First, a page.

The contention that the respondent no.4 did not have five years teaching experience in L.T. grade, cannot be sustained. Rule 14 provides that "those candidates, who have completed five years continuous regular service as such......" which plainly means five years of continuous service but it nowhere specifies that such continuous service should be in that grade or teaching experience in that grade. The note appended to sub-clause (1) makes the position further clear that the five years continuous service would be inclusive of even service rendered in another institution but it no where provides for five years teaching experience in that grade.
It is then urged that since there was no voluntary proposal by the management in favour of respondent no.4, she could not be considered. From the record it is clear that earlier the proposal was sent in her favour. Assuming it was forced, it would be immaterial even if the management had not sent a proposal in favour of respondent no.4 because sub-rule (1) itself says that the management is under obligation to send names of all teachers who hold requisite qualifications and have five years regular service. Under the scheme of the Rule, it would always be open for the selection committee to consider the cases of even those incumbents who qualify to be considered, irrespective of the recommendation of the management.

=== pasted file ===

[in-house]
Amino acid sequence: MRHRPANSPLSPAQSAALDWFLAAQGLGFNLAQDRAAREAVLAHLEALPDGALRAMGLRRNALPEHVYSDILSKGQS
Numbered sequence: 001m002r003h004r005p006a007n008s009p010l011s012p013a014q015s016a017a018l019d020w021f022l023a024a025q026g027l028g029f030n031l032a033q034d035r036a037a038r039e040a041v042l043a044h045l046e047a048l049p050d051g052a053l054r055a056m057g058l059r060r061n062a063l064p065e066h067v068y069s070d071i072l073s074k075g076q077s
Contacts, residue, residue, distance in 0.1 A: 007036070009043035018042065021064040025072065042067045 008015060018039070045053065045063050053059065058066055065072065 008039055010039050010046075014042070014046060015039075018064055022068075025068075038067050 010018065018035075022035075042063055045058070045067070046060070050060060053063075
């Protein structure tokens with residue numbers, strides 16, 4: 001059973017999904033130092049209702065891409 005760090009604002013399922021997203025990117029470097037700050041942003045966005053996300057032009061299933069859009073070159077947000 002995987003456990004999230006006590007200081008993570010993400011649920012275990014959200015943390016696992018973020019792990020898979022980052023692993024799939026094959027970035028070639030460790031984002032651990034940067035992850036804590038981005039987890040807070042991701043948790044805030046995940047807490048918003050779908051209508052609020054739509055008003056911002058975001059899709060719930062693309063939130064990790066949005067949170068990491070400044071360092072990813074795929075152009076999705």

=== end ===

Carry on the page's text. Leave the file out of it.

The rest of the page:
Lastly, it is urged that once the petitioner was granted the benefit of L.T. grade pay scale, she cannot be given the benefit of Section 33 D. It is not denied that the respondent no.4 was granted the pay scale in 1995, but not the post. Grant of pay scale and appointment on a post are two entirely different. No doubt the petitioner was given the pay scale of L.T. grade teacher from 12th June, 1995 in view of the Government order dated 4th October, 1989 but that would not deprive her of the benefits extended for being deemed promoted to L.T. grade in view of Section 33 D. There is no such bar placed in the statute.
For the reasons given above, I do not find that this is a fit case for interference under Article 226 of the Constitution of India. Rejected.